Purpose: To identify and compare the determinants of different types of tobacco use among rural youths and discuss the implication of these differences for youth tobacco use cessation.
Methods: Ninth grade participants (n = 883) were 95% white, between 13 and 19 years old with a mean age of 14.6 years. Students were classified into four exclusive groups: non-tobacco use, smoking only, smokeless tobacco (ST) use only, and conjoint smoking and ST use. The influences of 14 specific risk factors on tobacco use were investigated for each group using separate multiple logistic regression analyses.
Results: Among participants, 20% were smokers only, 6% were ST users only, and 10% were conjoint users. Students who had more friends (odds ratio [OR] =] 2.75) and siblings (OR = 1.96) who smoke, family problems (OR = 1.70), and favorable attitudes toward tobacco use (OR = 1.12) were more likely to smoke than were other students. Among students who used only ST, gender was a primary determinant (95% were male). Excluding gender, sibling ST use (OR = 4.28), friends' ST use (OR = 1.71), and favorable attitudes (OR = 1.11) were the most significant risk factors. Male students were also more likely to use both cigarettes and ST (OR = 8.62). In addition, among students who used both tobacco products, siblings' and friends' ST use were significant (OR = 3.09 and 2.13, respectively), as well as family problems (OR = 2.41) and attitude (OR = 1.15). Unlike smokers only or ST users only, lack of knowledge about tobacco was a significant determinant among conjoint users (OR = 1.39).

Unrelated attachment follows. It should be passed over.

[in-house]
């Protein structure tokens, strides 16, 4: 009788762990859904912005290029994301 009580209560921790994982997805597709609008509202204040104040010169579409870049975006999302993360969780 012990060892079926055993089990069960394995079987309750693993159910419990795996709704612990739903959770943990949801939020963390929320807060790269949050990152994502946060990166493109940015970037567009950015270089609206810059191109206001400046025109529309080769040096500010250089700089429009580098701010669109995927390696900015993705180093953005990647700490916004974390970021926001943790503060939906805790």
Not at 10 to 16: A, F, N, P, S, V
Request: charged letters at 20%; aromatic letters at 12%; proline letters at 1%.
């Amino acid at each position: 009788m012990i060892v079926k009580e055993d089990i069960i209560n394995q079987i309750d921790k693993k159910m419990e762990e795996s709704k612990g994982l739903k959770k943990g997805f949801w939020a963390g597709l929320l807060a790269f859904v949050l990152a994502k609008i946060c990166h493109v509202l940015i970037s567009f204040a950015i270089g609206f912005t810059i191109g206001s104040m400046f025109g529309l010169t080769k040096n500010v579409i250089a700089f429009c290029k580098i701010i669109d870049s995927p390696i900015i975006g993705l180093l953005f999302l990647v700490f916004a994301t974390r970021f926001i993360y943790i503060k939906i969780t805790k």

Conclusions: Findings revealed that 7 of 14 factors were significant predictors of tobacco use. Some factors predicted smoking only, ST only, and conjoint use; however, the pattern of predictors varied for these three categories. Implications for these findings as they relate to tobacco use interventions are discussed.